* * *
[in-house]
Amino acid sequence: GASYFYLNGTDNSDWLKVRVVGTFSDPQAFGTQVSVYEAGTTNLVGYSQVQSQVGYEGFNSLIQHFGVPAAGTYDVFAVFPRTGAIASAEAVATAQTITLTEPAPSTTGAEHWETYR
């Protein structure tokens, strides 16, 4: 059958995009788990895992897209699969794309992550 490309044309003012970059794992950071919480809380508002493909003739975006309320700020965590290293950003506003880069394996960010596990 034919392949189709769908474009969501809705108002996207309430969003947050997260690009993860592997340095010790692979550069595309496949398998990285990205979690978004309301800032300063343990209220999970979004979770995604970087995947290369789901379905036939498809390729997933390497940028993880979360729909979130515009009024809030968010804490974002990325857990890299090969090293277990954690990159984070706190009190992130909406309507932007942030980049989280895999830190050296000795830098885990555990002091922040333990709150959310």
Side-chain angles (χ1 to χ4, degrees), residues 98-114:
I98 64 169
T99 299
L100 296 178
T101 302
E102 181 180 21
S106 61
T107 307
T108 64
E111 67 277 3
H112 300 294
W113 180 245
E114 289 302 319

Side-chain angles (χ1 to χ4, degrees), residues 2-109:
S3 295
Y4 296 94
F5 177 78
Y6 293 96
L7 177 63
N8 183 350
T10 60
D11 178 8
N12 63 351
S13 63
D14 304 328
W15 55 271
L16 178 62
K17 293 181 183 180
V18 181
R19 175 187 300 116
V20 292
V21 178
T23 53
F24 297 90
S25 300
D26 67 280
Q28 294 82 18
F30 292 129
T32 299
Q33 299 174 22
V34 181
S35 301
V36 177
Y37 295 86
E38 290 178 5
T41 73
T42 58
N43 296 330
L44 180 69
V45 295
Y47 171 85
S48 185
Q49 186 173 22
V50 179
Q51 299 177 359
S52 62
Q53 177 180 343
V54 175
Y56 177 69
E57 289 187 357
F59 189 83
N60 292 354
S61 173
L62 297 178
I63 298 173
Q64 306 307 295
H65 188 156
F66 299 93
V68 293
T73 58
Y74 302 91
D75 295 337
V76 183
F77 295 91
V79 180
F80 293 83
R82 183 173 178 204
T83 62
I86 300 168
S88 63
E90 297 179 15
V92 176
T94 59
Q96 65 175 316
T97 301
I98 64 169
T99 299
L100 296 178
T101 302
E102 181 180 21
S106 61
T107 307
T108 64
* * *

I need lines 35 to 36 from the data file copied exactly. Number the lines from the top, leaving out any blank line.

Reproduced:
V21 178
T23 53